I am trying to wrap my head around the various types of GLSL shaders in OpenGL. At the moment I am struggling with a 2d layered-tile implementation. For some reason the int values that get passed into my shader are always 0 (or more likely, null).

I currently have a 2048x2048px 2d texture composed of 20x20 tiles. I am trying to texture one quad with it and change the index of the tile based upon the block of ints I pass into the vertex shader.

I am passing in a vec2 of floats for the position of the quad (really a TRIANGLE_STRIP). I am also attempting to pass in 6 ints that will represent the 6 layers of tiles.

My input:

// Build and compile our shader program
Shader ourShader("b_vertex.vertexShader", "b_fragment.fragmentShader");

const int floatsPerPosition = 2;
const int intsPerTriangle = 6;
const int numVertices = 4;
const int sizeOfPositions = sizeof(float) * numVertices * floatsPerPosition;
const int sizeOfColors = sizeof(int) * numVertices * intsPerTriangle;
const int numIndices = 4;
const int sizeOfIndices = sizeof(int) * numIndices;

float positions[numVertices][floatsPerPosition] =
    { -1, 1 },
    { -1, -1 },
    { 1, 1 },
    { 1, -1 },

// ints indicating Tile Index
int colors[numVertices][intsPerTriangle] =
    { 1, 2, 3, 4, 5, 6 },
    { 1, 2, 3, 4, 5, 6 },
    { 1, 2, 3, 4, 5, 6 },
    { 1, 2, 3, 4, 5, 6 },

// Indexes on CPU
int indices[numVertices] =
    0, 1, 2, 3,

My setup:

GLuint vao, vbo1, vbo2, ebo; // Identifiers of OpenGL objects

glGenVertexArrays(1, &vao); // Create new VAO
                            // Binded VAO will store connections between VBOs and attributes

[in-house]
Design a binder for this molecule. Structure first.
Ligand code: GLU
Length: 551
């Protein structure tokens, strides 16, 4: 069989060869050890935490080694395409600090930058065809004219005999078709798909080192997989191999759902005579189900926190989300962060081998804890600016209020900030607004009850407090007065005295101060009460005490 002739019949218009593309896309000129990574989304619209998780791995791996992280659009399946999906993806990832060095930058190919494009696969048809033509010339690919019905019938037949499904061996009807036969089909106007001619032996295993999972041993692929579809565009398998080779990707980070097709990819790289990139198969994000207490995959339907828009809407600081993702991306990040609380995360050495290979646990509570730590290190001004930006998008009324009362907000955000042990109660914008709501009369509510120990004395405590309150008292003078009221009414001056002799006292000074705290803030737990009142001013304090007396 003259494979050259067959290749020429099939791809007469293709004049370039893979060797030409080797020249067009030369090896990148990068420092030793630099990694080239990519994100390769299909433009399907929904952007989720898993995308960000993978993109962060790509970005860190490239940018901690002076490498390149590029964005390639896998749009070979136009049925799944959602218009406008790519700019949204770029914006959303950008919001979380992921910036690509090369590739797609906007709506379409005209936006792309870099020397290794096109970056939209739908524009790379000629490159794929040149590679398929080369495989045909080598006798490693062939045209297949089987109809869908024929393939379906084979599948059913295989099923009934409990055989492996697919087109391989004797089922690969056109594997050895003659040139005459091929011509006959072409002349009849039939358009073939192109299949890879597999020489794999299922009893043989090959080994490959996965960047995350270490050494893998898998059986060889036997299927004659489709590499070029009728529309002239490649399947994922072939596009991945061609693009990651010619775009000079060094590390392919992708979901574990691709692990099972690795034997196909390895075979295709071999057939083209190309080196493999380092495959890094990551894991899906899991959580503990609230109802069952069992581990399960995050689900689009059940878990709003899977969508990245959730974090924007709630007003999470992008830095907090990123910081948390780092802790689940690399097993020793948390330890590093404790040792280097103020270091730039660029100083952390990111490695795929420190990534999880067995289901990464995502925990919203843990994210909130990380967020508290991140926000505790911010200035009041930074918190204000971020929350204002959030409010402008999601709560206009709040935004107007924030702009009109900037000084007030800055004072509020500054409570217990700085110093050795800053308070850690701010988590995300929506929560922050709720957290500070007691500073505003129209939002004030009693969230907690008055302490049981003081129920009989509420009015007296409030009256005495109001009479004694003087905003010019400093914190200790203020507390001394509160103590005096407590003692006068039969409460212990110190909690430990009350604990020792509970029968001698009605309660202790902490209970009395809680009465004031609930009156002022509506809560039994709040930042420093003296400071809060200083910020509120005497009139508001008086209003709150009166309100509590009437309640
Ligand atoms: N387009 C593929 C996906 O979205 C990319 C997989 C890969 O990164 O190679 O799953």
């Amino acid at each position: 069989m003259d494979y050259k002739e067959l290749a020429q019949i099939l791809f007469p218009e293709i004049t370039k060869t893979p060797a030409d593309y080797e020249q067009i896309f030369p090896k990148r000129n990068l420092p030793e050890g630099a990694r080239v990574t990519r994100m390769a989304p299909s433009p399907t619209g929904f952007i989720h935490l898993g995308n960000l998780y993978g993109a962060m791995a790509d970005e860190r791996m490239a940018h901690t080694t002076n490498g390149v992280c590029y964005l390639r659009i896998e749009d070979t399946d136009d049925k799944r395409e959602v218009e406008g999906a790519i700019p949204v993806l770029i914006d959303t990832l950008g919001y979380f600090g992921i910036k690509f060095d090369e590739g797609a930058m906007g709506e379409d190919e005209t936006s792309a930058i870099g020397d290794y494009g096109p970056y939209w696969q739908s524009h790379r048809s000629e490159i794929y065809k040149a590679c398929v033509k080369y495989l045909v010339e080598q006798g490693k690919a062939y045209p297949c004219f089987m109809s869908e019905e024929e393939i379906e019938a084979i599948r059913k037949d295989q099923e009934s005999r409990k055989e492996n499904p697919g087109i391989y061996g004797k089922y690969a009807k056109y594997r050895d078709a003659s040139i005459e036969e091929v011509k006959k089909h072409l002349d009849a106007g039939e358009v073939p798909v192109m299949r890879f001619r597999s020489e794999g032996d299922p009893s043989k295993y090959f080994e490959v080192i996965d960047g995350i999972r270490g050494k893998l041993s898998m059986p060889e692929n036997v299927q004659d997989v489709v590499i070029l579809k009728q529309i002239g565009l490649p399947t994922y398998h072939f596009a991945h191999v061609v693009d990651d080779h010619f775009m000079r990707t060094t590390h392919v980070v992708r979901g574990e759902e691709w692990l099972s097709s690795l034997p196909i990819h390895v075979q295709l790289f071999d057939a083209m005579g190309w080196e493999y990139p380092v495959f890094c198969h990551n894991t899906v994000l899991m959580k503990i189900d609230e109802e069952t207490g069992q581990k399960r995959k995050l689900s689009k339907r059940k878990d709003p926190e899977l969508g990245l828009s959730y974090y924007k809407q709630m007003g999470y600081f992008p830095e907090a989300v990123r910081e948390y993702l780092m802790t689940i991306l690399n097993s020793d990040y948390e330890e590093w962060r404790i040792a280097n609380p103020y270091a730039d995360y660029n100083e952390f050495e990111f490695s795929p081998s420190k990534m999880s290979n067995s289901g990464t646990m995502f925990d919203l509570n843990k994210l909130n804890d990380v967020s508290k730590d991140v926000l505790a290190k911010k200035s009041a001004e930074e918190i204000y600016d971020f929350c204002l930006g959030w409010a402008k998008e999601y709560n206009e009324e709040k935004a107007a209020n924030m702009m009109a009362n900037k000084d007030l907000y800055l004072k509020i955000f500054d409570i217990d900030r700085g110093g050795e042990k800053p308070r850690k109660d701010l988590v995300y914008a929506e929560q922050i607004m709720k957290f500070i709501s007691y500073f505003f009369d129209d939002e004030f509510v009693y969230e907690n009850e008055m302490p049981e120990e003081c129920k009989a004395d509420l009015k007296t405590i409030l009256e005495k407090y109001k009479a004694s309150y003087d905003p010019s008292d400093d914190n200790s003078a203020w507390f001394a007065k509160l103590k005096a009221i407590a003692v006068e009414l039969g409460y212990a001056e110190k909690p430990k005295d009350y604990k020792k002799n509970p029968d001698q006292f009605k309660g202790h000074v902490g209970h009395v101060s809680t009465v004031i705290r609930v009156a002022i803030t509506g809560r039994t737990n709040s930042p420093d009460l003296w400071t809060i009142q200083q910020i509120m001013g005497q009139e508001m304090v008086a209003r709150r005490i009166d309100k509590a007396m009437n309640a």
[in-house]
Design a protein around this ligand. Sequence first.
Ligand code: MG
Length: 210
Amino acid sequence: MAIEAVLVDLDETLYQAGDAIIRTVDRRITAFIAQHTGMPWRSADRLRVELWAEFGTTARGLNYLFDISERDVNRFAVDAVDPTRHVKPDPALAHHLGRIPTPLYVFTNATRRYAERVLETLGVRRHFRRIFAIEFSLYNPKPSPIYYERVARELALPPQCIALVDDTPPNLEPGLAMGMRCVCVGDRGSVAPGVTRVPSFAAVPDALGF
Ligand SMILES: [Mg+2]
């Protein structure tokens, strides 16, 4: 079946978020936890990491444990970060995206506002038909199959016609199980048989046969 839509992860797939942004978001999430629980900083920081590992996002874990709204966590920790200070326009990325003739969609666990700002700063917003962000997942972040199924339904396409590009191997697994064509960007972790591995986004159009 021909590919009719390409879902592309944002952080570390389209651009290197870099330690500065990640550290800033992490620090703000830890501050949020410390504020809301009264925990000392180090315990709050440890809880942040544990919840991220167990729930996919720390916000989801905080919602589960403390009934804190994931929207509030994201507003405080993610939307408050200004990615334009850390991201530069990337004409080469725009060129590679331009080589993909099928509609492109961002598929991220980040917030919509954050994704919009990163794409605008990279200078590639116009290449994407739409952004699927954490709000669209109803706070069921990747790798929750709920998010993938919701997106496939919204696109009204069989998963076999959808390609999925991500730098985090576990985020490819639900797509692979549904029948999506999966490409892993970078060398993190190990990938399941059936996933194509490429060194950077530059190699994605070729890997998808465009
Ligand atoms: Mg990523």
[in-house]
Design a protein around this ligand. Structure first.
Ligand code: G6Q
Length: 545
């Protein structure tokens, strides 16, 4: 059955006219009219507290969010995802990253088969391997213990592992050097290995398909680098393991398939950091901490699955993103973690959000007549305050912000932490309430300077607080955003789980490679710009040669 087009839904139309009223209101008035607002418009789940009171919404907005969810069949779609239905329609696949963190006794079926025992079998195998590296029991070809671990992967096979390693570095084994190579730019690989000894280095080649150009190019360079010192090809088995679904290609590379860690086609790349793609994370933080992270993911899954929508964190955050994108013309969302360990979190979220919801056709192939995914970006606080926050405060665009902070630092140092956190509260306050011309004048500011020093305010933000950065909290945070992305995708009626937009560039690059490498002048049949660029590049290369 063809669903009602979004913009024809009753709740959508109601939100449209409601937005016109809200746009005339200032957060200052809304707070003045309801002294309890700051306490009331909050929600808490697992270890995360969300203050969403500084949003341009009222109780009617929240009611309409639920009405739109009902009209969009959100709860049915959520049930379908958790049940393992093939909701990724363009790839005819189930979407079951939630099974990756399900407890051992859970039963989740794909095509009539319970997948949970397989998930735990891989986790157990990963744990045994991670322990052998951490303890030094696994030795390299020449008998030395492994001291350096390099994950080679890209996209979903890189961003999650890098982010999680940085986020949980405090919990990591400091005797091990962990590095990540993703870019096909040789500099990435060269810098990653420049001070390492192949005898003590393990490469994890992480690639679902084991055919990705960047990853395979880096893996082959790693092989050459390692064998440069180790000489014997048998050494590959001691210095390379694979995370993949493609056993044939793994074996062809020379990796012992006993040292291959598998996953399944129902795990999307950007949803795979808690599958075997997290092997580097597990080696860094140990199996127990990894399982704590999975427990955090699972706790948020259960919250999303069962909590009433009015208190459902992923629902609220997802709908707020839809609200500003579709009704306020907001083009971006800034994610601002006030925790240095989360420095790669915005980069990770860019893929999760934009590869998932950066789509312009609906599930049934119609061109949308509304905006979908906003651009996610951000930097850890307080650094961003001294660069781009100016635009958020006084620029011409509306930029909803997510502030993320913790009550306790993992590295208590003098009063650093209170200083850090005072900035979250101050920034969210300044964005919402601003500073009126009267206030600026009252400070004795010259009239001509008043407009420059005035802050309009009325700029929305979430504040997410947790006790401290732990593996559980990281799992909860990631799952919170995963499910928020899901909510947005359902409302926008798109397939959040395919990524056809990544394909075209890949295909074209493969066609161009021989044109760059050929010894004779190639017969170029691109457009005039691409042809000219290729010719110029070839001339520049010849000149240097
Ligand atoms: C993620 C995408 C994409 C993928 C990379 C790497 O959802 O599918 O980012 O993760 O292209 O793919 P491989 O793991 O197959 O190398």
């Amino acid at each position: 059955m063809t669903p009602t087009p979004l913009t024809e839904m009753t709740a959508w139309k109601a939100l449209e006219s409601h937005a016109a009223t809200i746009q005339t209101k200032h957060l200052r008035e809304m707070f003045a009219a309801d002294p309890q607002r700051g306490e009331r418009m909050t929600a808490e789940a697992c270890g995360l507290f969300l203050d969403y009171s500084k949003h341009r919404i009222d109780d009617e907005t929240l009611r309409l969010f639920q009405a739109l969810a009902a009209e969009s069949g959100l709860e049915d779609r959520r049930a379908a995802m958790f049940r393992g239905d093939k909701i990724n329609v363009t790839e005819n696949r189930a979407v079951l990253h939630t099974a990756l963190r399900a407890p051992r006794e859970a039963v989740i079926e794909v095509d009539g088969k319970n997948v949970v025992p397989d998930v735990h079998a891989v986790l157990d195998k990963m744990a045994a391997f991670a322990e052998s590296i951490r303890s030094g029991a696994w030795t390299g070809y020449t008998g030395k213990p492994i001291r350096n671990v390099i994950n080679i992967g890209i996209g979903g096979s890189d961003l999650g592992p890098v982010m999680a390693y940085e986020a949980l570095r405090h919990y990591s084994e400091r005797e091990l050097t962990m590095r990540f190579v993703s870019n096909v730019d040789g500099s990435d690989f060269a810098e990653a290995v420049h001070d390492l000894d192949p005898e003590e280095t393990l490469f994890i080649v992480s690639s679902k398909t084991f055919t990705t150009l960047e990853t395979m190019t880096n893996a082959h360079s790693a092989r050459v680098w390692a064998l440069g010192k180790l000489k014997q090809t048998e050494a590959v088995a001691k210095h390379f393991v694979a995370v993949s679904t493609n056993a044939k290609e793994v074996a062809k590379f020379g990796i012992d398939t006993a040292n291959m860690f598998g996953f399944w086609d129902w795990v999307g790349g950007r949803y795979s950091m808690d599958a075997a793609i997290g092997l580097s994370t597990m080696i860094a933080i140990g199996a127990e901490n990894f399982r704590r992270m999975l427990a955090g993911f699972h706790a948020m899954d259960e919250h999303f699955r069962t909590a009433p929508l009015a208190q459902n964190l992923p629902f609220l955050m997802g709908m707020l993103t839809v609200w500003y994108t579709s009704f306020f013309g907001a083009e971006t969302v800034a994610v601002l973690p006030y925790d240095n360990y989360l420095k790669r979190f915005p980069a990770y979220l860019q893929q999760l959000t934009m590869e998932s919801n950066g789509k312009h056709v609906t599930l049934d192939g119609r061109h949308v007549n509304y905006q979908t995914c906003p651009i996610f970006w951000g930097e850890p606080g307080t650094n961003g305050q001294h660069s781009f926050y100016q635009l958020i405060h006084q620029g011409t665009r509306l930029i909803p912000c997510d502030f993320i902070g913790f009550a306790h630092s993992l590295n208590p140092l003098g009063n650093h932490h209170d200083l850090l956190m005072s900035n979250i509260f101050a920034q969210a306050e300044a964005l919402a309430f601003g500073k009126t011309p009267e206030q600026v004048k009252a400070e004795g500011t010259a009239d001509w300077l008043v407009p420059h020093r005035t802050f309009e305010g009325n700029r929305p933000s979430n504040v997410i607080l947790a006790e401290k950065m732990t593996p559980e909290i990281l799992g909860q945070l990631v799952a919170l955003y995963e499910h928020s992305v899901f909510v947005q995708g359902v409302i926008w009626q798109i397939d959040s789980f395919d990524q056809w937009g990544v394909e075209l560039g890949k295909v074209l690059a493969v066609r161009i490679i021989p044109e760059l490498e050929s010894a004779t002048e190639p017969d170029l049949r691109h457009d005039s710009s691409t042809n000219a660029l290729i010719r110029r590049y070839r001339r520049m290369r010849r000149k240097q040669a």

glGenBuffers(1, &vbo1); // Create new VBO
glBindBuffer(GL_ARRAY_BUFFER, vbo1); // Bind vbo1 as current vertex buffer
                                     // initialize vertex buffer, allocate memory, fill it with data
glBufferData(GL_ARRAY_BUFFER, sizeOfPositions, positions, GL_STATIC_DRAW);
// indicate that current VBO should be used with vertex attribute with index 0
// indicate how vertex attribute 0 should interpret data in connected VBO
glVertexAttribPointer(0, floatsPerPosition, GL_FLOAT, GL_FALSE, 0, 0);

glGenBuffers(1, &vbo2); // Create new VBO
glBindBuffer(GL_ARRAY_BUFFER, vbo2); // Bind vbo2 as current vertex buffer
                                     // initialize vertex buffer, allocate memory, fill it with data
glBufferData(GL_ARRAY_BUFFER, sizeOfColors, colors, GL_STATIC_DRAW);
// indicate that current VBO should be used with vertex attribute with index 1
// indicate how vertex attribute 1 should interpret data in connected VBO
glVertexAttribPointer(1, intsPerTriangle, GL_INT, GL_FALSE, 0, 0);

// Create new buffer that will be used to store indices
glGenBuffers(1, &ebo);
// Bind index buffer to corresponding target
// ititialize index buffer, allocate memory, fill it with data
glBufferData(GL_ELEMENT_ARRAY_BUFFER, sizeOfIndices, indices, GL_STATIC_DRAW);

// reset bindings for VAO, VBO and EBO
glBindBuffer(GL_ARRAY_BUFFER, 0);